Definition of foible in English:

foible

Line breaks: foi¦ble
Pronunciation: /ˈfɔɪb(ə)l
 
/

noun

1A minor weakness or eccentricity in someone’s character: they have to tolerate each other’s little foibles
More example sentences
  • Do you think they just have a screenwriting computer programme that builds in all these character flaws and foibles?
  • He is certainly an avuncular figure, more paternal than patriarchal, yet even his faults and foibles are masculine in character.
  • Character faults and foibles surface slowly and are dealt with compassionately.
Synonyms
weakness, weak point, weak spot, failing, shortcoming, flaw, imperfection, blemish, fault, defect, frailty, infirmity, inadequacy, limitation; quirk, kink, idiosyncrasy, eccentricity, peculiarity, abnormality; Achilles heel, chink in one's armour
informal hang-up
2 Fencing The part of a sword blade from the middle to the point. Compare with forte1.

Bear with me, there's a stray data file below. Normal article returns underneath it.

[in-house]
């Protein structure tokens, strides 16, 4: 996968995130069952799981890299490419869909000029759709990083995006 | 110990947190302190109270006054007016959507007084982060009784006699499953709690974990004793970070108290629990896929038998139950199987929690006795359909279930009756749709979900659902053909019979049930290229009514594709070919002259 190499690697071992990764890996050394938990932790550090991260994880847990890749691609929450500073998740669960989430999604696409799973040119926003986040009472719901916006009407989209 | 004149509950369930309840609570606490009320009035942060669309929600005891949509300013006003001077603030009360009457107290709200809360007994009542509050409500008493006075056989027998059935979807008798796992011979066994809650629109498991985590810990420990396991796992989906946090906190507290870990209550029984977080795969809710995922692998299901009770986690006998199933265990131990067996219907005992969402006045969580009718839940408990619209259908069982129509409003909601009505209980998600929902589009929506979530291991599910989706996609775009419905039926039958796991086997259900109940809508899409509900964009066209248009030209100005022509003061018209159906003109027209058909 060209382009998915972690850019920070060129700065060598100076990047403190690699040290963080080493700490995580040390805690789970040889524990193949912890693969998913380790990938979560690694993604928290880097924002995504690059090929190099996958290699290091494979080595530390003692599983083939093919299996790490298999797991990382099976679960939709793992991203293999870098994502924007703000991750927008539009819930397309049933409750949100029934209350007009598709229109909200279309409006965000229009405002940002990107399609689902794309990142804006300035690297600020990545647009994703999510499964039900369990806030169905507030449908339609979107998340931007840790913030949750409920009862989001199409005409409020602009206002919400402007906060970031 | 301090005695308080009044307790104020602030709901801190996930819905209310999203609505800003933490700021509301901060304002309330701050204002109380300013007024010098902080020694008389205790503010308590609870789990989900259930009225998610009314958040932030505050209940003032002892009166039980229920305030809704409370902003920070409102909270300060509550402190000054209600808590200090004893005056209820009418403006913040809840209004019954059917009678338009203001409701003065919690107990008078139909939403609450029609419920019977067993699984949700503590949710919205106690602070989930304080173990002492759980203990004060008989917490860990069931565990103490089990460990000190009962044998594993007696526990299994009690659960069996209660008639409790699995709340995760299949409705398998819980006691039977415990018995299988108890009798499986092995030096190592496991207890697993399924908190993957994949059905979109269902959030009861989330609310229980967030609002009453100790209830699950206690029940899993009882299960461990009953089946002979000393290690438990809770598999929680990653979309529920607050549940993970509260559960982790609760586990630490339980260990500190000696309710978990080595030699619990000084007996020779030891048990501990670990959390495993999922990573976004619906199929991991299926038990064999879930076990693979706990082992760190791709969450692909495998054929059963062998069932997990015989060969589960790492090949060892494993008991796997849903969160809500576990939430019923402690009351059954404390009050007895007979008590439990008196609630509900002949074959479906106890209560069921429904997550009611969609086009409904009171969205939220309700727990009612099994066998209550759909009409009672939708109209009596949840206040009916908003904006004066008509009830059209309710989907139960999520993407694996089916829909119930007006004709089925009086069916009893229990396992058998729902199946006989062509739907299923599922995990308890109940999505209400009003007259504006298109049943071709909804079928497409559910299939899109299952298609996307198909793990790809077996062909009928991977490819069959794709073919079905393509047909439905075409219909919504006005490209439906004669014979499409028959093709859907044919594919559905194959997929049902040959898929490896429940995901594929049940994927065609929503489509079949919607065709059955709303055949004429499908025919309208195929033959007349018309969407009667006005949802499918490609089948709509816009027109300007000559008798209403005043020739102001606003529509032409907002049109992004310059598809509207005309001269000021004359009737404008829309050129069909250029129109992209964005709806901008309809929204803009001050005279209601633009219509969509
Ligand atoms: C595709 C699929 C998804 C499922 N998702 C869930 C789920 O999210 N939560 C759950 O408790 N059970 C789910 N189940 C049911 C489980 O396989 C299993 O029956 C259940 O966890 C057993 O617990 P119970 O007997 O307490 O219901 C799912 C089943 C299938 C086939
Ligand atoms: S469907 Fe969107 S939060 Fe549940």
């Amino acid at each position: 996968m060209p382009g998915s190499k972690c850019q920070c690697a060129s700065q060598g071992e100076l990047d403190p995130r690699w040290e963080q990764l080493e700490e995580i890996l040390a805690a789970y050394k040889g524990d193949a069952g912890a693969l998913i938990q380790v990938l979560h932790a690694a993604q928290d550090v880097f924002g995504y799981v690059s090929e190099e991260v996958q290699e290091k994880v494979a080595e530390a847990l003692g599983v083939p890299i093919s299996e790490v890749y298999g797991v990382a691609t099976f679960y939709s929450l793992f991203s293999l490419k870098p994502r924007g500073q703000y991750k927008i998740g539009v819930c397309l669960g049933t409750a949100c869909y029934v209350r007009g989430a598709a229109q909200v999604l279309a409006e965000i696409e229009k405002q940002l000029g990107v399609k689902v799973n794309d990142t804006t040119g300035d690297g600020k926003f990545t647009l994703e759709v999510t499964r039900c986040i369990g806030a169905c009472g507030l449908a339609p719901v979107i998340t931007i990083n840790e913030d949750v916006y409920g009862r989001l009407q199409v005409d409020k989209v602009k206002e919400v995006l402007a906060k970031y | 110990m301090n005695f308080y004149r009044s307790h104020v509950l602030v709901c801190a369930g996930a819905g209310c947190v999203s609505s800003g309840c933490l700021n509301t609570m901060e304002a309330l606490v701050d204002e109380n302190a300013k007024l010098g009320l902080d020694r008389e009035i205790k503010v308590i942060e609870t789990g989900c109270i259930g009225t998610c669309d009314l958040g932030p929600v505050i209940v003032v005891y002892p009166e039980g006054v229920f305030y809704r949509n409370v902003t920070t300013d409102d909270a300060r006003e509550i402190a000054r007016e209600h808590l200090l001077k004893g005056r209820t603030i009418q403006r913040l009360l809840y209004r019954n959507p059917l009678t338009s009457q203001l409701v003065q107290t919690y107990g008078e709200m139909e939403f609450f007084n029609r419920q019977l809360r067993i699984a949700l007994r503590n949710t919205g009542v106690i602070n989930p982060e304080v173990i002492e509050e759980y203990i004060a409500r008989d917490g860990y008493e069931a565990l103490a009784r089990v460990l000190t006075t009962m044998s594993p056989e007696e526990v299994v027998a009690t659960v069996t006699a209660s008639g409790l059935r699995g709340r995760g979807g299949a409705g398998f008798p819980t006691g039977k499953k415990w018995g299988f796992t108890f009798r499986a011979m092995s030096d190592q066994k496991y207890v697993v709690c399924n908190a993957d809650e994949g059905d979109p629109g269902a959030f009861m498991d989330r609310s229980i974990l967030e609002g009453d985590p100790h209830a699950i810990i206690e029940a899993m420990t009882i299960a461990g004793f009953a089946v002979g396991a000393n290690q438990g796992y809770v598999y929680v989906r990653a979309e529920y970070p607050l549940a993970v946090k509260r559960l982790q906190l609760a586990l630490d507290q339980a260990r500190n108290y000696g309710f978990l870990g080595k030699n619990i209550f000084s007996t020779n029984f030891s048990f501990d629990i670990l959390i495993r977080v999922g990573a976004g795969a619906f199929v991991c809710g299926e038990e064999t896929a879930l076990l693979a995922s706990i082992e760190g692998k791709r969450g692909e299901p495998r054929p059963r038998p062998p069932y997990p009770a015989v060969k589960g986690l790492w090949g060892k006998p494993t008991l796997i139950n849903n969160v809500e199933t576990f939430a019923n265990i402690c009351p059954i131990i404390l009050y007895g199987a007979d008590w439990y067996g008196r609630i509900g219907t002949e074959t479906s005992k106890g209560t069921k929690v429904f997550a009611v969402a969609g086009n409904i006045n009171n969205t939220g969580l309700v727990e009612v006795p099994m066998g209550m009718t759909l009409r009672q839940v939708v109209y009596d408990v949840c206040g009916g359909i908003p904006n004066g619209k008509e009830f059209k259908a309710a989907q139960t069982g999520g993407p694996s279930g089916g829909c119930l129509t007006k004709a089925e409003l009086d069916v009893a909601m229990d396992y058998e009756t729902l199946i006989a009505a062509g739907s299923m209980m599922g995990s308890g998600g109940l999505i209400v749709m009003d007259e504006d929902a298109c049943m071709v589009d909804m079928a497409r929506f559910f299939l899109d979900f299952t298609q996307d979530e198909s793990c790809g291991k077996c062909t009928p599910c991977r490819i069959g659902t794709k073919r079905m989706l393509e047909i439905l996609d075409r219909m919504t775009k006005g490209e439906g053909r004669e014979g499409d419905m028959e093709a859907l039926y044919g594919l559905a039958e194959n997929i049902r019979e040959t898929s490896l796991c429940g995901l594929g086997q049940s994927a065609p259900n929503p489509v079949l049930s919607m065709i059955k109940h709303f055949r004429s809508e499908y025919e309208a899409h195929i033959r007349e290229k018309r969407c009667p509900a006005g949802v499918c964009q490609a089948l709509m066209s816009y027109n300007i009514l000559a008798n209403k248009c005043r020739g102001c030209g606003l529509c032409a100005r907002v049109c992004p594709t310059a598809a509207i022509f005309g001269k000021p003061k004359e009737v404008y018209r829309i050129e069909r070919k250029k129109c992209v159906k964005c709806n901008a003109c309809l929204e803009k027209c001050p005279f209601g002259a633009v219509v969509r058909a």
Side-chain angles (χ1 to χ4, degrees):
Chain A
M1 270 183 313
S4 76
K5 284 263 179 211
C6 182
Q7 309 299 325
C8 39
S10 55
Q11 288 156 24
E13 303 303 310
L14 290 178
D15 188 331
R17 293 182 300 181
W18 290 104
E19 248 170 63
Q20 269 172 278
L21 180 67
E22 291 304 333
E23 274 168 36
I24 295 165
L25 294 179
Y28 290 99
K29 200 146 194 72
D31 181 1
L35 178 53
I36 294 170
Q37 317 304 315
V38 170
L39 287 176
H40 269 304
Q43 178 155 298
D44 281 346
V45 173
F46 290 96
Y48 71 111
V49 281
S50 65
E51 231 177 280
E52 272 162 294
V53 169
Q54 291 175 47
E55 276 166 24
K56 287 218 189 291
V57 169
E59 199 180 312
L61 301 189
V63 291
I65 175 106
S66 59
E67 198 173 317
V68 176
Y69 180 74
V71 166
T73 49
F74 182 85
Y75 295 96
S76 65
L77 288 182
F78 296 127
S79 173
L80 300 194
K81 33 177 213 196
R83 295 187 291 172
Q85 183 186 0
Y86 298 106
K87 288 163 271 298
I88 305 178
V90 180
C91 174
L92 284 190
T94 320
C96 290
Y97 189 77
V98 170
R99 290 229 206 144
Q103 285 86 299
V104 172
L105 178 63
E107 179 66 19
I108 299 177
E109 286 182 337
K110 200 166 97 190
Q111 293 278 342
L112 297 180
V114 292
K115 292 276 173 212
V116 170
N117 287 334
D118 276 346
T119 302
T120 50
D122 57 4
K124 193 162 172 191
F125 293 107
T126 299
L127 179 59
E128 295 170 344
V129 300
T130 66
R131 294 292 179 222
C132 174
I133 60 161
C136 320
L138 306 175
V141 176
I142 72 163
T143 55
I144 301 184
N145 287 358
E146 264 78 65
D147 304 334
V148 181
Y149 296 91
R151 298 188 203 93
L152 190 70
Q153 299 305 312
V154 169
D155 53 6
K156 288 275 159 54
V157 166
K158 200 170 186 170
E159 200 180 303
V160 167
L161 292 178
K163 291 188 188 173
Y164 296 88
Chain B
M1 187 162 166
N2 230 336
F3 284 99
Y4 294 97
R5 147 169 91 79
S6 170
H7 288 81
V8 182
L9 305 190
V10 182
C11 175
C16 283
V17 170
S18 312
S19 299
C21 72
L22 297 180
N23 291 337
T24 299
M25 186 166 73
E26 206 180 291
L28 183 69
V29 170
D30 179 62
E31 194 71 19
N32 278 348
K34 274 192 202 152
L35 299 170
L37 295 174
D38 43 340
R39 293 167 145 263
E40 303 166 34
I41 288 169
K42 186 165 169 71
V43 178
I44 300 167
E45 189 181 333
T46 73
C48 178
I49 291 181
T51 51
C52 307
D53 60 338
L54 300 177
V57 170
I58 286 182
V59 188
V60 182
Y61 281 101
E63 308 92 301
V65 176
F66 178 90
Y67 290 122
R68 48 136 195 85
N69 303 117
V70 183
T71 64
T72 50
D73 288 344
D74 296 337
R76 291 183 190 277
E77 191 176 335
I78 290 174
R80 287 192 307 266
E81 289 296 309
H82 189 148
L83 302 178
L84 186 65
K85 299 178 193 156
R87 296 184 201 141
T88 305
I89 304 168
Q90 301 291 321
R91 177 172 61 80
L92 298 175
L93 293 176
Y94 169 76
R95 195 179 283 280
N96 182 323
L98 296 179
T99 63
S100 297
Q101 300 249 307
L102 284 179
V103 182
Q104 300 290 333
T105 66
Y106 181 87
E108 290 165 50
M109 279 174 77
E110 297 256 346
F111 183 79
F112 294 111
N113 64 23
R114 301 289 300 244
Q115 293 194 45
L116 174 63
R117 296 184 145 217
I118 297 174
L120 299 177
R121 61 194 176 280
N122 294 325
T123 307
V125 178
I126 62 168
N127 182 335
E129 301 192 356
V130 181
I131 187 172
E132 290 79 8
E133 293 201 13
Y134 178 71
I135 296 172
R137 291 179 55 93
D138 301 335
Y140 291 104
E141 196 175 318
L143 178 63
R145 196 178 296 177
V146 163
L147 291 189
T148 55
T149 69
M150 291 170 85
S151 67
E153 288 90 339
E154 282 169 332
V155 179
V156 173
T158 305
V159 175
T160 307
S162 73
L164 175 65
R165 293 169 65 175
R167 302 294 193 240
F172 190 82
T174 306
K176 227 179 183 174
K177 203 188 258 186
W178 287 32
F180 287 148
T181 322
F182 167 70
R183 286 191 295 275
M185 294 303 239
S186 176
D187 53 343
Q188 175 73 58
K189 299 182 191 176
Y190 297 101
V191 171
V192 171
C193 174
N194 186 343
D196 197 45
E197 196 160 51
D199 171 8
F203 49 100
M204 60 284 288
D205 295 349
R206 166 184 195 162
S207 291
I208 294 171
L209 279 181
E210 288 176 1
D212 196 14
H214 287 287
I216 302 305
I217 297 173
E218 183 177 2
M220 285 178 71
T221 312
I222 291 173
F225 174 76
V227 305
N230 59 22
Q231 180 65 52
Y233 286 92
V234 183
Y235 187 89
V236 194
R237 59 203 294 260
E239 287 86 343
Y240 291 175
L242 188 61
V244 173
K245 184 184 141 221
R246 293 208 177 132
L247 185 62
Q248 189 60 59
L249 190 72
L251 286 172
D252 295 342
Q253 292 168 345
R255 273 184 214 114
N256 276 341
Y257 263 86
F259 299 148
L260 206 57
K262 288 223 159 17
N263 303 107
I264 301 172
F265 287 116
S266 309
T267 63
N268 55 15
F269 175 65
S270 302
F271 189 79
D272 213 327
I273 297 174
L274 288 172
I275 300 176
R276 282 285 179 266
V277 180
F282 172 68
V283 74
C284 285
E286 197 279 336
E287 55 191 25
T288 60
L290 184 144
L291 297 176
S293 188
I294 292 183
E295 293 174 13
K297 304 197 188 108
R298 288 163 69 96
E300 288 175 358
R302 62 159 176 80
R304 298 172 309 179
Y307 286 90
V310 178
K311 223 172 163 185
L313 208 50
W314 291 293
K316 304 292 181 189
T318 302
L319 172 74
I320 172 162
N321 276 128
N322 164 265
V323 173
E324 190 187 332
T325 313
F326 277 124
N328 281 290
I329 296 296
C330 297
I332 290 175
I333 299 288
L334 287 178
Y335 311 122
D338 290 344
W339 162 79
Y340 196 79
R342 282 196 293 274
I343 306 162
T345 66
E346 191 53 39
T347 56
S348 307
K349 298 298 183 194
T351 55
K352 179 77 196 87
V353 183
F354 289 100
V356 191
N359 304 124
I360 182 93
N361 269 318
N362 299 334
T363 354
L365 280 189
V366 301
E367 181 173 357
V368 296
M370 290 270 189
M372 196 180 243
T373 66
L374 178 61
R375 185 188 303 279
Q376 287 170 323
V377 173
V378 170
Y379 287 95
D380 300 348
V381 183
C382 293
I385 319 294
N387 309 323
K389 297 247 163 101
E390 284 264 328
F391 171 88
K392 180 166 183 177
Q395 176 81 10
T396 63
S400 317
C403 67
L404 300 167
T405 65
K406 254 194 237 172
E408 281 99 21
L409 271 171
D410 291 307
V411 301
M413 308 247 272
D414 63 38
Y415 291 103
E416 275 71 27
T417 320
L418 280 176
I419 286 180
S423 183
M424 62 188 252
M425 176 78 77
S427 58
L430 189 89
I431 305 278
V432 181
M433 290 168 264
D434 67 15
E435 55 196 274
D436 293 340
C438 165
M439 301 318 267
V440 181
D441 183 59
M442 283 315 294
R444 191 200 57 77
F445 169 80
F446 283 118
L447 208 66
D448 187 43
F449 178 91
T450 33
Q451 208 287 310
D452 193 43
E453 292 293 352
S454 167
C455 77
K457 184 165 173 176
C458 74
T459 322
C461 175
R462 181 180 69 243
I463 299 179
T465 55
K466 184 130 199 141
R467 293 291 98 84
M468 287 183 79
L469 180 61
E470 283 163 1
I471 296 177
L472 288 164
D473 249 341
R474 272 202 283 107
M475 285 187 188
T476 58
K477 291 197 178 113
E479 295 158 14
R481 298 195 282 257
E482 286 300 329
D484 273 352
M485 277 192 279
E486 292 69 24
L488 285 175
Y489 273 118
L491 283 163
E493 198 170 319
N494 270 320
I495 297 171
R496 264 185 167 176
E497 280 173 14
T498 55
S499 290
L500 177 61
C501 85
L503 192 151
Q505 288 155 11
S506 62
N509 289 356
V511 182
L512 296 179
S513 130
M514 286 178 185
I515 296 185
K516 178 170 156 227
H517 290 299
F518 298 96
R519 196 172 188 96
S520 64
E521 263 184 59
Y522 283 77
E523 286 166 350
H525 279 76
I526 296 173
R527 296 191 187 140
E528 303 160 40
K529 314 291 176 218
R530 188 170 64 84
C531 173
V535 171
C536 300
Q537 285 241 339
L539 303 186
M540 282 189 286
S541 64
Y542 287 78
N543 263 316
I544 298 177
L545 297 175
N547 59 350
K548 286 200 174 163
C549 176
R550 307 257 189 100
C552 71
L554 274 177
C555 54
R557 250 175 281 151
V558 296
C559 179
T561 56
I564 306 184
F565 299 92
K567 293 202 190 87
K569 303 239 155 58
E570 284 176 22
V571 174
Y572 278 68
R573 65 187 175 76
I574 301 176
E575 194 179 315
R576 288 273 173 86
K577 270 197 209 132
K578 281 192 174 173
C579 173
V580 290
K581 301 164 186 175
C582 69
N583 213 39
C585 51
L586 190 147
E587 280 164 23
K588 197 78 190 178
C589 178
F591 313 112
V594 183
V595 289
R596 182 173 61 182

More example sentences
  • Again footwork is often required to create the correct distance to allow you to parry the foible of the attacking blade.
  • This technique begins at the instant when the foible of the adversary's blade is against the forte of your blade.
  • He parries with his foible when a feint is close but his real defense is his feet.

Origin

late 16th century (as an adjective in the sense 'feeble'): from obsolete French, in Old French fieble (see feeble). Both noun senses also formerly occurred as senses of the word feeble and all date from the 17th century.

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Word of the day abjure
Pronunciation: əbˈdʒʊə
verb
solemnly renounce (a belief, cause, or claim)